1 Reply Latest reply on Apr 20, 2016 8:33 AM by alexb

    Inexplicable performance drop in OpenCL kernels

    alexb

      I've written implementation of 2D Fast Fourier Transform and tested it in simple test application.

      One 2D FFT cycle consists of 3 kernel launches: 1D FFT kernel, transpose kernel, 1D FFT kernel.

      Analysis of the test application performed by the CodeXL profiler shows that 1D FFT takes 11 microseconds, transpose takes 6 microseconds.

      This is shown on the picture "test timeline" attached to the post.

      11 + 6 + 11 microseconds made me pretty happy.

      But when I've written the final application where these kernels are used, instead of 11 + 6 + 11, I've got 400 + 300 + 400 microseconds!

      This is shown on the picture "app timeline".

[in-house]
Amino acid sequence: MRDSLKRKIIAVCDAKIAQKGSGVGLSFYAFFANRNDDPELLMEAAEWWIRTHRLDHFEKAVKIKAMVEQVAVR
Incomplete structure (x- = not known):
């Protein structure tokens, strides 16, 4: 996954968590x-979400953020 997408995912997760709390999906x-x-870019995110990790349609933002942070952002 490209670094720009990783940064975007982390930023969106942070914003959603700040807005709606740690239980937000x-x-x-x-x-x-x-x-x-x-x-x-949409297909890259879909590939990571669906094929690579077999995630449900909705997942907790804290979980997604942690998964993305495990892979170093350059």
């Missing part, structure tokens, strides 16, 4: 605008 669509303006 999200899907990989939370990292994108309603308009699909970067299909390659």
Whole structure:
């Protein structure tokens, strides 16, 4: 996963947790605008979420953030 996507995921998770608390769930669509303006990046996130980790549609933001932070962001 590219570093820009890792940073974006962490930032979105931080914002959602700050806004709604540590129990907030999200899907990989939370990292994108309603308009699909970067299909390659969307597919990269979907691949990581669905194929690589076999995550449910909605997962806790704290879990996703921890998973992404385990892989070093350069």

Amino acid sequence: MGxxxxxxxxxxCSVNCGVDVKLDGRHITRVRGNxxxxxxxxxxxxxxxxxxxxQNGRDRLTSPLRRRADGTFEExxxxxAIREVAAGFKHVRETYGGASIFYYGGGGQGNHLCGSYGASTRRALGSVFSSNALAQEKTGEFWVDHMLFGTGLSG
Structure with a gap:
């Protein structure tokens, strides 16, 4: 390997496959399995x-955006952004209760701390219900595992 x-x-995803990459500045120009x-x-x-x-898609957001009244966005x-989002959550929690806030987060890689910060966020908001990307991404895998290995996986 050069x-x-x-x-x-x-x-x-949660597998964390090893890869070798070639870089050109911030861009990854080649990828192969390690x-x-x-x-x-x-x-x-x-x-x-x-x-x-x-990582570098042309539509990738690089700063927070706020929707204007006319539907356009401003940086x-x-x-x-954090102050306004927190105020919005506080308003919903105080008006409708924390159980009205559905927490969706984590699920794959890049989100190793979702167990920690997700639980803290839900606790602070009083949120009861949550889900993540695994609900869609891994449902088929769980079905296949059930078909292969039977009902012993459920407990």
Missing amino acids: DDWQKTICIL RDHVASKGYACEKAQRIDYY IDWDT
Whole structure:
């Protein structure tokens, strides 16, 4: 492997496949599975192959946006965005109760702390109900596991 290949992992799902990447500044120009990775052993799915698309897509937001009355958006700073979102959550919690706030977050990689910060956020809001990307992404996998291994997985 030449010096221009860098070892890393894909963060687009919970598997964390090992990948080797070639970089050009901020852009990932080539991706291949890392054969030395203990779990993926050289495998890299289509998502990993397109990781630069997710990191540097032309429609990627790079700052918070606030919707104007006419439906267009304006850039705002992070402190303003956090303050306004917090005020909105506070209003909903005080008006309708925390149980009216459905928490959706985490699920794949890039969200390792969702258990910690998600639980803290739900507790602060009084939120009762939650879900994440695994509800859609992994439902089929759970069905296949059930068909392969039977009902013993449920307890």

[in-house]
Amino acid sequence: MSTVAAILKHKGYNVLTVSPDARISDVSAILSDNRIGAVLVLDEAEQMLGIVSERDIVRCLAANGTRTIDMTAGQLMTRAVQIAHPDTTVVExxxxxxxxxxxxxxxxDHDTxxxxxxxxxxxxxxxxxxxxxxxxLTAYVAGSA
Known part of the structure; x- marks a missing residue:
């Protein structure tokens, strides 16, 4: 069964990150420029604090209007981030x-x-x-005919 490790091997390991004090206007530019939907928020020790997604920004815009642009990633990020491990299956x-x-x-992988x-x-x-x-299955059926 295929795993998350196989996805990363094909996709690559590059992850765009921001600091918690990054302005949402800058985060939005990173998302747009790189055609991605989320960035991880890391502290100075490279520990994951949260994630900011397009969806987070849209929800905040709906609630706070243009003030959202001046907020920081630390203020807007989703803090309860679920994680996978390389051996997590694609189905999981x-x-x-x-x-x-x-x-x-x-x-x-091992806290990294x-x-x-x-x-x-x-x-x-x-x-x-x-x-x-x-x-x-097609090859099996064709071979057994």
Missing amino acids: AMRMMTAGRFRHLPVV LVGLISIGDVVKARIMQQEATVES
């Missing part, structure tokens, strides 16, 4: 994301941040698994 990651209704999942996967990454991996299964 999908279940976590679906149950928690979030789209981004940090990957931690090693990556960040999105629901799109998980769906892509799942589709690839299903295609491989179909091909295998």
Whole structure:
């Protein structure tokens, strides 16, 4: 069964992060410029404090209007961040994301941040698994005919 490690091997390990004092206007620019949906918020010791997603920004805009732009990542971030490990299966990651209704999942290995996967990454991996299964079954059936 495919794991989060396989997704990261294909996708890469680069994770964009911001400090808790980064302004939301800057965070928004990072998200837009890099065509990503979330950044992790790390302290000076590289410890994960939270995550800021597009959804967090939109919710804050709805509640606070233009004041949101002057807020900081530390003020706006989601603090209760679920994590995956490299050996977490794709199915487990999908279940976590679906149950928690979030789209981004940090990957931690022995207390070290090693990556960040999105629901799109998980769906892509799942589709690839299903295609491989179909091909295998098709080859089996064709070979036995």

40x degradation is completely unacceptable and puts in jeopardy the whole project.

      Additional info:

      -- both test and final app are ran on stand-alone PC with Windows (no issues with change of power supply), Radeon R9 280 GPU.

      -- text of all kernels is absolutely identical in the test project and target project.

      -- test project was written on C# Cloo binding of OpenCL, the CPU-side code looks like:

      clock.Start();

      for (int i = 0; i < nTimeSteps; i++)

      {

          gpu.Queue.CopyBuffer(buffer0, buffer1, null);

          gpu.Queue.Execute(fft1D, null, new[] { workSize, (long) 256 }, new[] { workSize, (long) 1 }, null);

          gpu.Queue.Execute(transpose, null, new[] { n, (long) 256 }, new[] { 16, (long) 16 }, null);

          gpu.Queue.Execute(fft1D, null, new[] { workSize, (long) 256 }, new[] { workSize, (long) 1 }, null);

          gpu.Queue.Finish();

      }

      clock.Stop();

      -- the target project is written in C++ and is more difficult to cite, as it is distributed among many .cpp files and is more complex.